Normally, as a circuit is often involved in such things, the car appears at the allotted time and place aboard a truck. But as our dalliance with it is longer this time, and mostly road based, I delivered myself to Somerset; partly to save Ariel the bother and partly to spend more time with the 245 – the non-supercharged and therefore entry-level version of its spartan track-smasher.
The firm’s HQ is situated slap-bang in West Country heaven, a stone’s throw from the kind of villages that you usually only encounter on the lids of shortbread biscuit tins.
There’s nothing quaint about Ariel’s facility, though. Not for it the stereotypical disarray of the cottage car industry, either – in conspicuously well-ordered redbrick buildings, the Atoms are hand-assembled on vigorously swept tiled floors, and could hardly look cooler or more cutting edge if they were Apple-branded moon buggies.
Tom, Ariel’s general manager and all-round good egg admits that in fact most of the workforce are beavering elsewhere on the new bike – very recently revealed, and set for its public debut at Goodwood this weekend.
The company will be there in force, with the also very new Ariel Atom 3.5R set for its first outing, too. I’m due aboard the 350bhp model for a bit of early morning uphill terror on Saturday so the chance to get reacquainted with the slightly more sedate ‘starter’ car was particularly welcome.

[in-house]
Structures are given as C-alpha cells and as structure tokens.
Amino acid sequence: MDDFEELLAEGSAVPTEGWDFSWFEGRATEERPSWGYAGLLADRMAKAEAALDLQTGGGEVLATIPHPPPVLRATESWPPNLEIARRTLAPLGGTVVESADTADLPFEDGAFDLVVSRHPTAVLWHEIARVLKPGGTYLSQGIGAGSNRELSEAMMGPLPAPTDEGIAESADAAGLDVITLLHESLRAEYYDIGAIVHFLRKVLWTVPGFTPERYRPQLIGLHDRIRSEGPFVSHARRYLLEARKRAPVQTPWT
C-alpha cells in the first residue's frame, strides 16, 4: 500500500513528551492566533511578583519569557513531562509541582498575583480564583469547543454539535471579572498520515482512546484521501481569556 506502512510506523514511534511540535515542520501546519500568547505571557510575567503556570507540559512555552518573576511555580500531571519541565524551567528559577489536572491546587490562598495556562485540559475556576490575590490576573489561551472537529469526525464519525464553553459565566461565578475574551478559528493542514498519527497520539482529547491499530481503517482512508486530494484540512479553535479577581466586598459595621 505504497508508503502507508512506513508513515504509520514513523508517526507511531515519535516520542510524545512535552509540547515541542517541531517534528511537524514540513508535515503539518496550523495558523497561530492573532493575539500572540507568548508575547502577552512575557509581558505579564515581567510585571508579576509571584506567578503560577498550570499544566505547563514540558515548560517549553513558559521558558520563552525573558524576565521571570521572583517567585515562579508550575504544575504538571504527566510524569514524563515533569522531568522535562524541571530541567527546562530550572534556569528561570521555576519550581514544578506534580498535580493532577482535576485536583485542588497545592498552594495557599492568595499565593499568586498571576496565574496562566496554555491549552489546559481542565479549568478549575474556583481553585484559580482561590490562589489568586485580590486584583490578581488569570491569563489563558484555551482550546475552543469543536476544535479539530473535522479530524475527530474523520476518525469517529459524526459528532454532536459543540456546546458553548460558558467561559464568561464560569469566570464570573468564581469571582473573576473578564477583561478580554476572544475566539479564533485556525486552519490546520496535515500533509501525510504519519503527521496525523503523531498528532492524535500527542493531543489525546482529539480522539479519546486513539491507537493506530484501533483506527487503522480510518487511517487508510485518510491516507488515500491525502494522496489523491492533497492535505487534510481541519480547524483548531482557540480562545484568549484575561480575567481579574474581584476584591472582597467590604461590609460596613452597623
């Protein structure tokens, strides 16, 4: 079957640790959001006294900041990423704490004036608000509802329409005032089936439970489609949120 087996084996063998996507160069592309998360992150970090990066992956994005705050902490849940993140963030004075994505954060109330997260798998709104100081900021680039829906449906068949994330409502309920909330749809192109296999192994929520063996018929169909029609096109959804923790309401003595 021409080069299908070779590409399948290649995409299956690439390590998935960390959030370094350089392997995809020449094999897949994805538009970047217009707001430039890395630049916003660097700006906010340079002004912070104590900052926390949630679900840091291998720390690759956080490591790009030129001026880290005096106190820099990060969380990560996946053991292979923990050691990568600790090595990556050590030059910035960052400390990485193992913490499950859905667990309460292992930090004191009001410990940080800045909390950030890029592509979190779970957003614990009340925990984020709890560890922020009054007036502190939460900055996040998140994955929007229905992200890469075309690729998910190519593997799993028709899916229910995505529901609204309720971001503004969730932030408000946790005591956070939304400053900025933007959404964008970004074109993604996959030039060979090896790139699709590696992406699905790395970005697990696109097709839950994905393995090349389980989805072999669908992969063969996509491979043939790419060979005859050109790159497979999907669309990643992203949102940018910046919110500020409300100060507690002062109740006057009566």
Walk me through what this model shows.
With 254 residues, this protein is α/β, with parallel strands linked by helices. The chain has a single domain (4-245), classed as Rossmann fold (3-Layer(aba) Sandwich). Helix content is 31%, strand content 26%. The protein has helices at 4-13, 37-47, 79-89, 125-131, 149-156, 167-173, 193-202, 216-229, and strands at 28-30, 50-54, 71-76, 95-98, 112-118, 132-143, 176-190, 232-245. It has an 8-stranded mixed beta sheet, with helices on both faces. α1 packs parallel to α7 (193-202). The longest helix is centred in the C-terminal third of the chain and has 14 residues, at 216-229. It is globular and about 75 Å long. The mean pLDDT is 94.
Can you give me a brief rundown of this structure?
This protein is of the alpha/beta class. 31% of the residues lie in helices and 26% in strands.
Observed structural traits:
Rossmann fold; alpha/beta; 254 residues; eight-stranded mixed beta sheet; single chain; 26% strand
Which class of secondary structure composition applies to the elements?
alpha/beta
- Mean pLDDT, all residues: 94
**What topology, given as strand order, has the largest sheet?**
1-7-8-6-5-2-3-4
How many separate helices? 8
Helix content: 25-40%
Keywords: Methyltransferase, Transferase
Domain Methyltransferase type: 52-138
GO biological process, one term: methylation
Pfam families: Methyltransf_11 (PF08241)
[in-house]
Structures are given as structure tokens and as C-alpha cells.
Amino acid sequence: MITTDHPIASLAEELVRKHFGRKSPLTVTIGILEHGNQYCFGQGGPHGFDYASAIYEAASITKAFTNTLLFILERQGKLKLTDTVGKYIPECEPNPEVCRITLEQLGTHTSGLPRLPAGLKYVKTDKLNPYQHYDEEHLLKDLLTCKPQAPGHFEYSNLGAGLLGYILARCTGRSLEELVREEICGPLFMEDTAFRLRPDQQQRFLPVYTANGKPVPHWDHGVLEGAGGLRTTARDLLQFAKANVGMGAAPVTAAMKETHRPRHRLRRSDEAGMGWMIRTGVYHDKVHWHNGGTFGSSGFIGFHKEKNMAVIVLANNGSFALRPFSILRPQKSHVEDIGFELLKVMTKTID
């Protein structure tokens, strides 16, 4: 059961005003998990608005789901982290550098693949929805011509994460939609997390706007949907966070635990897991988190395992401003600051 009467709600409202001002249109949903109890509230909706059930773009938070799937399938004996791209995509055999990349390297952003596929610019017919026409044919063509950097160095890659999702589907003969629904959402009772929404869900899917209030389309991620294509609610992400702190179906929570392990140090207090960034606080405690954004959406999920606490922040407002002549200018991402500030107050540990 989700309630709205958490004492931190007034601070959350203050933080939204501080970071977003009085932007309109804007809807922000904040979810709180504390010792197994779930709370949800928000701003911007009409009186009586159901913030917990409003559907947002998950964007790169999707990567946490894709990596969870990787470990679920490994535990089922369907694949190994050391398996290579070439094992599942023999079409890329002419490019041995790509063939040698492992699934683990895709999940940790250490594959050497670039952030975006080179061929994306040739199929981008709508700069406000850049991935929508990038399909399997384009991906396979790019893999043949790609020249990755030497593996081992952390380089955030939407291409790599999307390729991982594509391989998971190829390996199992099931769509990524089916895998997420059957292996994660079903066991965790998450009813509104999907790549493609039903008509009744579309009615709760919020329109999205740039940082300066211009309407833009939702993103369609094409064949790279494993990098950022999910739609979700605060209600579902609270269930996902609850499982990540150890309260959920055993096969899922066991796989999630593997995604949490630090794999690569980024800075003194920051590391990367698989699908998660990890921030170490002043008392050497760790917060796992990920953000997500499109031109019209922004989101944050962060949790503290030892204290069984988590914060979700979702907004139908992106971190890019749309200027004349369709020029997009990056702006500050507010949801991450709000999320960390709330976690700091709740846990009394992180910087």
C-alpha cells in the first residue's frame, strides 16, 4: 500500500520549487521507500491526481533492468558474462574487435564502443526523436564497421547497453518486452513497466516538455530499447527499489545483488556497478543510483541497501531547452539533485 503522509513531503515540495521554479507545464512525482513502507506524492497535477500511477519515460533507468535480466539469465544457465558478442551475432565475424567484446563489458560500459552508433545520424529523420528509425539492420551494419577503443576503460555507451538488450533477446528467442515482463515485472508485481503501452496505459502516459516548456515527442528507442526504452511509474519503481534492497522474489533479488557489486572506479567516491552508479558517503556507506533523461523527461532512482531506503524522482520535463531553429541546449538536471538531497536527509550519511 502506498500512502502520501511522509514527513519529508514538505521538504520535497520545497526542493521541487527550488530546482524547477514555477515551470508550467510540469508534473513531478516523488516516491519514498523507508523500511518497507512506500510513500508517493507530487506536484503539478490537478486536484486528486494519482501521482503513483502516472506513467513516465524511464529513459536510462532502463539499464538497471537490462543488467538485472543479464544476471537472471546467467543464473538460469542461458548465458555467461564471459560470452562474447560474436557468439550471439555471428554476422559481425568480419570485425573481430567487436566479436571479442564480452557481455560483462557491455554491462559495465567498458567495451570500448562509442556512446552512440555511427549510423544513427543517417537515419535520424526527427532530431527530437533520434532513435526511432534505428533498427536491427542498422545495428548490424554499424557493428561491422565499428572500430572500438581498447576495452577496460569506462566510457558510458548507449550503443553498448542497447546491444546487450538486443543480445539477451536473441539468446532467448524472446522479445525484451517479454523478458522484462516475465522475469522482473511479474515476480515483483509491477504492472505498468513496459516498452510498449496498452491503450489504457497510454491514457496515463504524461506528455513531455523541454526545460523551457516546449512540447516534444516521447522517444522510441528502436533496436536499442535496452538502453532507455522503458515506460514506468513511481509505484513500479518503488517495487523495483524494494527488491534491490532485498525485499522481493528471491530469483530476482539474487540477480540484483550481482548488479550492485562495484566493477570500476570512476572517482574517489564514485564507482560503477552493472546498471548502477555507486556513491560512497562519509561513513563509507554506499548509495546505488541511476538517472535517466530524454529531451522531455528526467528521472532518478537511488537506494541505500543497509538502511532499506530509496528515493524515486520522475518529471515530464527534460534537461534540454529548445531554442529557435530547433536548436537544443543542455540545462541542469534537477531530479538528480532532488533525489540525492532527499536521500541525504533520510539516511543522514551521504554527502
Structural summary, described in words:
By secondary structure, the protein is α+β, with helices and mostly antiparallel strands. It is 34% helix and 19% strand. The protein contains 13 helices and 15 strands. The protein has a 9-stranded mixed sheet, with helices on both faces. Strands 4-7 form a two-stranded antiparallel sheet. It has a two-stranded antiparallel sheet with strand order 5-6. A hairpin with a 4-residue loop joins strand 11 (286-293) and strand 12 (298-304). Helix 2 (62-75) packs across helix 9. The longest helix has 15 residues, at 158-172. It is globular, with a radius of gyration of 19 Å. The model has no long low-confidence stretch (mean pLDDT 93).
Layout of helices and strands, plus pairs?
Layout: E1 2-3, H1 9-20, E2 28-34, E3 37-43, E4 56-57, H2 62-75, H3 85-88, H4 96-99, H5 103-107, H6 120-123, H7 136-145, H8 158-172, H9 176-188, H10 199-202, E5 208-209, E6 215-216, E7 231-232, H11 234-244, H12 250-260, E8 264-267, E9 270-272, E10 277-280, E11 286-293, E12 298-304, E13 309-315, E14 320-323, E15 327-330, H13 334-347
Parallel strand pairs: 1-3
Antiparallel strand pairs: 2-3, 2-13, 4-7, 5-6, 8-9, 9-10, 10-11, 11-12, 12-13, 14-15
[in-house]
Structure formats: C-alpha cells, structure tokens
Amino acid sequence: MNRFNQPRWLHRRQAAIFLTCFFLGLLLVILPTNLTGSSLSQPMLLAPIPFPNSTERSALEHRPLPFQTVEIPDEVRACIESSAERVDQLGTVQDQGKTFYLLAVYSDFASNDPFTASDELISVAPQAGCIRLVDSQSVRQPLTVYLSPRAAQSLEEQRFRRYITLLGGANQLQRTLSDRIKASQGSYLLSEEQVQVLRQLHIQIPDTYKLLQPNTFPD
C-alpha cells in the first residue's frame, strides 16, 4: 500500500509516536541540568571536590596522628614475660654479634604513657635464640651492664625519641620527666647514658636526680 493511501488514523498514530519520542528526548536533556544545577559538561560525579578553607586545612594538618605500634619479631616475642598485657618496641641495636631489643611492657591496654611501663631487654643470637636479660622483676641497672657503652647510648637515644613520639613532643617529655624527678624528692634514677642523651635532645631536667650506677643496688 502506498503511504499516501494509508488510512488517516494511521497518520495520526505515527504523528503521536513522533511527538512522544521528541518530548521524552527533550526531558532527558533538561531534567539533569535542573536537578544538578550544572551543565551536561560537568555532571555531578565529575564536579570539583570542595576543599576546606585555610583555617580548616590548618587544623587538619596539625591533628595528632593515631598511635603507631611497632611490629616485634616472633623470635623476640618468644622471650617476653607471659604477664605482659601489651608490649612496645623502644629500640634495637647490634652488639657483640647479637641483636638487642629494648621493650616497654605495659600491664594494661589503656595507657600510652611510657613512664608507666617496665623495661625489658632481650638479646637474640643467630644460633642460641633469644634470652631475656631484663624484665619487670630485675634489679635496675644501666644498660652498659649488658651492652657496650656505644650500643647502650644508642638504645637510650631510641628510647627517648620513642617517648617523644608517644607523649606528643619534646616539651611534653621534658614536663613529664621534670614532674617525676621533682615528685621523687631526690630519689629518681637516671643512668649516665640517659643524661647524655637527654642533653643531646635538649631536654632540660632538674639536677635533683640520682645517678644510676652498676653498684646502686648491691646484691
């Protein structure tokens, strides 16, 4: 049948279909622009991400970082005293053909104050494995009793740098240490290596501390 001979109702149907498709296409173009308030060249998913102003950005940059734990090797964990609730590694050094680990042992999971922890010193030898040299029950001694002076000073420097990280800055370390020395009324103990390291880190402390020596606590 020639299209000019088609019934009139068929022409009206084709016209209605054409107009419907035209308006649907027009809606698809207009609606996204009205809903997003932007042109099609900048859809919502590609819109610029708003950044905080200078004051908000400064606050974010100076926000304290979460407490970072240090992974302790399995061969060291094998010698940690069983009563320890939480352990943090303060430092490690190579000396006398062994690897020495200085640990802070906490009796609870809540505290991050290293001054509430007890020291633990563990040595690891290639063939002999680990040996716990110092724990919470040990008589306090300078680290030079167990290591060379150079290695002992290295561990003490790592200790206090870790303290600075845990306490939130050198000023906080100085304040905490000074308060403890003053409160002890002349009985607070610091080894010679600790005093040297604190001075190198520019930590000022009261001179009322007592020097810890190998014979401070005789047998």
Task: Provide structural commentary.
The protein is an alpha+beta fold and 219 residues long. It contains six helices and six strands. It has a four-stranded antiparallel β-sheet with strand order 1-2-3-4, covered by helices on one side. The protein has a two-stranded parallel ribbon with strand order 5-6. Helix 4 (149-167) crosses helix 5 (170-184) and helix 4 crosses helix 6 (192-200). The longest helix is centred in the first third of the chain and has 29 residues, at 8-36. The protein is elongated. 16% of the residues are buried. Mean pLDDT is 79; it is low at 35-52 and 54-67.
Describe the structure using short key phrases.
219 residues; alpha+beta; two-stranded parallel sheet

Of course ‘sedate’ is a relative term for Ariel. It may be 100bhp or so down on power, yet the 245 still possesses the kind of indecent zero-mass pluck that could make a Lotus Elise feel portly.
Inevitably it’s in the VTEC’s famously placid low range that the absence of the supercharger is most felt, but in reality (ie on the road) this just gives you half a second of the three and a bit required for 60mph to get your head round the still massive surge on offer. On song, with every change-up light lit, the lowliest Atom never feels anything less than utterly breakneck.
Back down the A303, it minces up overtakes and splatters bugs against visor as quickly as you’d conceivably want, all the while treating you to a massive rhythmic wumpf of induction noise through its eye-level intake.
A long motorway journey tends to dial out the fun in something as openly hardcore as an Atom, but even with the adjustable dampers set to ‘very forgiving’ there’s no mistaking the sweetness of the steering or the fleet-footed, joyous handling at the end of it.
All the time Ariel devoted to improving straight-line stability in the latest 3.5 generation pays off on this kind of journey as well; the wheel doesn’t need to be grimly held onto at a steady cruise and there’s less of a tendency for it to track wildly between bumps.
Relaxing would be a drastic overstatement – especially considering the unique brand of torture the Atom’s one-piece seating enacts on my spine – but at least the 245 rewards restrained long-range driving with something approaching docility.
Chances are that’s not a characteristic that will apply to the 3.5R, which has had its boost pressure upped from 7.5psi to 11. Or from ‘Good Lord’ to ‘God, help me’.
The cheapest Atom spent yesterday at Cadwell Park making everything else in its £30k-ish price bracket look decidedly slow and silly (more on that in the magazine next month) but the idea of using it to acclimatise myself to Ariel’s latest pace-setter might have been about as worthwhile as sparring with my three-year-old niece ahead of a world title fight. Guess we’ll see.